• Let cool on a wire rack. Once cakes are at room temperature, unmold them from the pans and wrap each one tightly in plastic wrap. Refrigerate for 4 hours or overnight.

Frosting:

  • Beat together cream cheese and butter until thoroughly mixed. Slowly add in powdered sugar and lemon zest until everything is well-combined. Note: You can make everything 2-3 days in advance and assemble the night before if needed.

Assembly:

  • Cut out rectangles of parchment paper and overlap them onto your serving platter (in my case, the base of the cake carrier). Place the first cake on top of the papers. Generously brush the top with simple syrup and spread about 1 cup of the frosting over it with an offset spatula. Repeat with the second layer.
  • Once the third cake is on top, spread a thin coat of frosting over the entire cake and refrigerate for 30 minutes. This is your crumb coat; it ensures that no crumbly runaways show up in the final product.
  • Use your spatula to evenly spread the rest of the frosting over the cake. Once frosted, decorate the top however you want!
  • This cake is best served at room temperature. However, if it’s a hot day, the frosting will melt, so keep refrigerated if needed.

The Weekend E.AT. – An SF Cook at SF Chefs

Tented up in Union Square with hundreds of vendors and SF-themed cakes

Every year, SF Chefs takes over Union Square to serve up the best of the city and raise money for local food-related charities. This year was no different, and the downtown plaza brought on a massive collision of chefs, cooks, cuisines, and me.

Ever since I was induced into a food coma at this restaurant, I’ve been wanting to go back. With SF Chefs, I had the opportunity to return as a stage, working for food instead of dollar bills and setting foot in a professional kitchen after two years. Apron-clad with my old kitchen kicks on, I revisited the old life for two nights and remembered why I loved this industry so much…and how much cooks can drink.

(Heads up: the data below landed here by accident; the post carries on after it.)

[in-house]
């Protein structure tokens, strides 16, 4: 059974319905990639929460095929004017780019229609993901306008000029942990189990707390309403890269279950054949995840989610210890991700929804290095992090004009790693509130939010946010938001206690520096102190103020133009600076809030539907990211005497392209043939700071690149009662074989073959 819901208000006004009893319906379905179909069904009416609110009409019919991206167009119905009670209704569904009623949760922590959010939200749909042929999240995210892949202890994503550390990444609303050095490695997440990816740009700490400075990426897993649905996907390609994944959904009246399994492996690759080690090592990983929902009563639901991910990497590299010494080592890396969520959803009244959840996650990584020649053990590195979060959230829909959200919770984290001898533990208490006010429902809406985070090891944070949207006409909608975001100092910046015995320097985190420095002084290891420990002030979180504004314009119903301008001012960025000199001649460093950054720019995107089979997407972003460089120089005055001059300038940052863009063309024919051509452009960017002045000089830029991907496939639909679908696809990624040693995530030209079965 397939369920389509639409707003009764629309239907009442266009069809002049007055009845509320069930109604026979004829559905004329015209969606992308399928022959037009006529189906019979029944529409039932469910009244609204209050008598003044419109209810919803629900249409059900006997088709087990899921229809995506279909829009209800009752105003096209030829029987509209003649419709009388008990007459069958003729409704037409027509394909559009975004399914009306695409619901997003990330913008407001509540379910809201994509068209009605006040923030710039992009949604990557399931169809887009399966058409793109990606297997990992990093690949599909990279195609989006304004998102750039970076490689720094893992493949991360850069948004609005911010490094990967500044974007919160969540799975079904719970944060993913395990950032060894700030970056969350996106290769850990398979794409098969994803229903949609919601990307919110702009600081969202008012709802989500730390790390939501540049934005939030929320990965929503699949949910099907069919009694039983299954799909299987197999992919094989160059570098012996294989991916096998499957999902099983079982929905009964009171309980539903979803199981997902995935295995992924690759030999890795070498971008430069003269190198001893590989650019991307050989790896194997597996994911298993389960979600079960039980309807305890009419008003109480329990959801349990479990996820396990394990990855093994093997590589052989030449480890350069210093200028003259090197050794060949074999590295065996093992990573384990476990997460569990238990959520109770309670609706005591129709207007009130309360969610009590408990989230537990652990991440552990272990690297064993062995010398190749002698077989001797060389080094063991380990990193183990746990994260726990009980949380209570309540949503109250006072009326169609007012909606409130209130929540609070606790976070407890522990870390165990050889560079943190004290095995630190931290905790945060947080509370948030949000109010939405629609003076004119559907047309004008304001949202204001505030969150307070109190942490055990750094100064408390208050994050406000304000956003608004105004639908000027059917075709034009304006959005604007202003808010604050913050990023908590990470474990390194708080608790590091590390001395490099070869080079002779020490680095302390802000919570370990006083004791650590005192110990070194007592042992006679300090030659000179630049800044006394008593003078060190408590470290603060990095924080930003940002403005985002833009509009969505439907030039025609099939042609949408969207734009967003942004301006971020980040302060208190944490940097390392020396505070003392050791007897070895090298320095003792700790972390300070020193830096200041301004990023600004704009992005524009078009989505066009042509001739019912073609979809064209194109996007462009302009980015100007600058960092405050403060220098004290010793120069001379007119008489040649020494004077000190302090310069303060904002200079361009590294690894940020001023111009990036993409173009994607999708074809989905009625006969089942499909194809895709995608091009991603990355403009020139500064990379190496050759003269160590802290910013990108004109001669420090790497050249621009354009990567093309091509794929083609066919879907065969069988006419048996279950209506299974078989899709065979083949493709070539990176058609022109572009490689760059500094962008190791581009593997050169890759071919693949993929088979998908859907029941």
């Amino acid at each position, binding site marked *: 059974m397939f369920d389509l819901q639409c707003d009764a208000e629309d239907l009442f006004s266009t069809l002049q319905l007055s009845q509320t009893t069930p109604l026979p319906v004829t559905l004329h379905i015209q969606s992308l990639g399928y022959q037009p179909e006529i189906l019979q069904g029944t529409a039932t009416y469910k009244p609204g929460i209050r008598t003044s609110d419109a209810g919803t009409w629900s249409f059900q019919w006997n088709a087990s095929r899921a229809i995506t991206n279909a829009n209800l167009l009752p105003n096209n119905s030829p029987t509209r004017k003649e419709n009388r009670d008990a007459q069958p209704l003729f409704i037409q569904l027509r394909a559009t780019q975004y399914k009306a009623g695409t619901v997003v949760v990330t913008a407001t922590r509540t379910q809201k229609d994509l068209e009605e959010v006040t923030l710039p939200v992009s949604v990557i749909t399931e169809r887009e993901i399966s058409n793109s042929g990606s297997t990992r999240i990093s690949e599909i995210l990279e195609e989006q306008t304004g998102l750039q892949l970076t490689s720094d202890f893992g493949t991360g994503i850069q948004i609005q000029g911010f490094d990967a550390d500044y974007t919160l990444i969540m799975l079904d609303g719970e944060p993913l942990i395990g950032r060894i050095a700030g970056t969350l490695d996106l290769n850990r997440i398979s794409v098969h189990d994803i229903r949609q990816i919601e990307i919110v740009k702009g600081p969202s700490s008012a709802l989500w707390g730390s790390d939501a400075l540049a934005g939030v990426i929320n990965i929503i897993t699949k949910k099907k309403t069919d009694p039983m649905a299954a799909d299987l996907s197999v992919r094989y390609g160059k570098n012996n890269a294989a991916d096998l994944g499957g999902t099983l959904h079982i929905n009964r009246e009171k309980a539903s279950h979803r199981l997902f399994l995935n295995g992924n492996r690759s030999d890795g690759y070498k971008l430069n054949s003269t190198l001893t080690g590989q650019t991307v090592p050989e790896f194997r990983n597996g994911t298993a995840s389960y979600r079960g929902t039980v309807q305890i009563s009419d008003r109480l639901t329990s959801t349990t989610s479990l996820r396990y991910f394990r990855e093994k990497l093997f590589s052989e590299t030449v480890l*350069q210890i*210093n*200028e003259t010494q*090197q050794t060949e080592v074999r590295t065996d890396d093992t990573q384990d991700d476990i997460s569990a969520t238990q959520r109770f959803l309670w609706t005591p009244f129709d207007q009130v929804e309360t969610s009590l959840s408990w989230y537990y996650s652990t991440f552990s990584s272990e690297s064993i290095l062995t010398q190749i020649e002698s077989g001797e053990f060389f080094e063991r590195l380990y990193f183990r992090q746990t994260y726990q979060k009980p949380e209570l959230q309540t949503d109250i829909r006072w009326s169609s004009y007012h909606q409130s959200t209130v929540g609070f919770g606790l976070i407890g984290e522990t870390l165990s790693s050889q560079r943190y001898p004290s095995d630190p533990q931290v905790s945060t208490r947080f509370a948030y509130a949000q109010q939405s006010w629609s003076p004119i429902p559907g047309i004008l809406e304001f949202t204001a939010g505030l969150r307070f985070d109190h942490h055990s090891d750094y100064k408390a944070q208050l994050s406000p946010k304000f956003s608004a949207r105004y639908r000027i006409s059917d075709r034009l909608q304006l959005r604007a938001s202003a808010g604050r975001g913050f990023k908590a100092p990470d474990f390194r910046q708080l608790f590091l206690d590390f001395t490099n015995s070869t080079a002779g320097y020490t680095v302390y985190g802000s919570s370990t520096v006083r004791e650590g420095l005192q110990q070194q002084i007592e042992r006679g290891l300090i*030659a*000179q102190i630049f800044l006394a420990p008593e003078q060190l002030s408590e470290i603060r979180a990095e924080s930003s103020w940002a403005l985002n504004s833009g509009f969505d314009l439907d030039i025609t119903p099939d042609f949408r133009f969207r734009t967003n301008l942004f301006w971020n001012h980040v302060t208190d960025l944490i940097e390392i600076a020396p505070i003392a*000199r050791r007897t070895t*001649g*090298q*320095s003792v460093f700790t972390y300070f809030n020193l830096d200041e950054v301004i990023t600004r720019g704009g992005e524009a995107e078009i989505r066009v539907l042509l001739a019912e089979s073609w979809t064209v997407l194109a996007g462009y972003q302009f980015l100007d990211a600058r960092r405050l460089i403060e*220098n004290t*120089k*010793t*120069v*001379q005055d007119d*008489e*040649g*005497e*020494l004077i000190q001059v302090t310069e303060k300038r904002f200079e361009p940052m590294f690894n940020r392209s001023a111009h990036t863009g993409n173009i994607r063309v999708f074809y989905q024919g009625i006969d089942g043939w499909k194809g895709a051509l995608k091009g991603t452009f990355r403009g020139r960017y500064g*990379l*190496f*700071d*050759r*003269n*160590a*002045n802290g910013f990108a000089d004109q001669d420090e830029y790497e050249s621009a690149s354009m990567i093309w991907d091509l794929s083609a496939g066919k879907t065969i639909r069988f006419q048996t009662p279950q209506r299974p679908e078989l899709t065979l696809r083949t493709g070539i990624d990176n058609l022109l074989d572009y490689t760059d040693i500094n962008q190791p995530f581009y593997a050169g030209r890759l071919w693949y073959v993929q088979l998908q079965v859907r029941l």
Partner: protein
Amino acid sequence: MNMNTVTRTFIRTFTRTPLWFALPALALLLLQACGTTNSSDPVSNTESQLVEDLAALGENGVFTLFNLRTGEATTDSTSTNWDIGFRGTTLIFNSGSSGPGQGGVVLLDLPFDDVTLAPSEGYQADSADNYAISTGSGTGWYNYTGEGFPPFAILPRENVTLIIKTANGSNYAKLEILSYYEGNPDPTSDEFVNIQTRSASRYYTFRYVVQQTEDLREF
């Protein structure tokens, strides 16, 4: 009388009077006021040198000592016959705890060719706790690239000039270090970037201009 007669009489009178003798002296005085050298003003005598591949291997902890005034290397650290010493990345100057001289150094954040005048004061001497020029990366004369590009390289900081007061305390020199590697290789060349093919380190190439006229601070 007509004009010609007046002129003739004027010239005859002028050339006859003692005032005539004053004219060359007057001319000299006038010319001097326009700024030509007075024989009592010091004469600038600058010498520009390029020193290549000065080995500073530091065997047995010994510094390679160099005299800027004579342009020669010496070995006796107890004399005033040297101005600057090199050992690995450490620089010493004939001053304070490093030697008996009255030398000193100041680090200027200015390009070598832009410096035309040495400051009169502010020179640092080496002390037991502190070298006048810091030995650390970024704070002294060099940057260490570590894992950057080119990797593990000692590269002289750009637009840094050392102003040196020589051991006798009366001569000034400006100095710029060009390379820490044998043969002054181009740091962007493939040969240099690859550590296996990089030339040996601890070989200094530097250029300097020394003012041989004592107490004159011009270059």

Slicing up housemade bread rolls for sliders; please ignore my grimy sneakers

If you were ever wondering how 1000 bread rolls looks like, there you go. I’ve never been so proud of rolling balls.

Our contribution to this culinary evening was smoked beef brisket sliders with aioli, pickled relish, and house-made rolls. Even though I don’t eat beef, prepping, cooking, and serving food in an actual restaurant setting is chance to learn something new no matter what it is. I may forever have the aroma of meaty smoke seeped into my hair and the jalapeno heat seared into my palms (note to self: wear gloves next time), but it is always worth it, reinforcing that I can’t stay away from the kitchen for too long.

Doin’ it.

Clockwise from top left: Tequila-cantalope shaved ice; caramelized white chocolate with cocoa nibs, raspberries, and fennel; chocolate-caramel cupcakes; whiskey fudge. Let me repeat that – WHISKEY. Fudge.

Red curry crab risotto from Kuleto’s – spicy and delicious!

Our very own sliders!

Hamachi with plums

Macking on some macarons. I’m usually not a big fan of these but the jasmine tea flavored one was pretty damn good

Caneles from La Boulange, an SF staple. The caramelized outside and moist inside makes for a perfect pastry.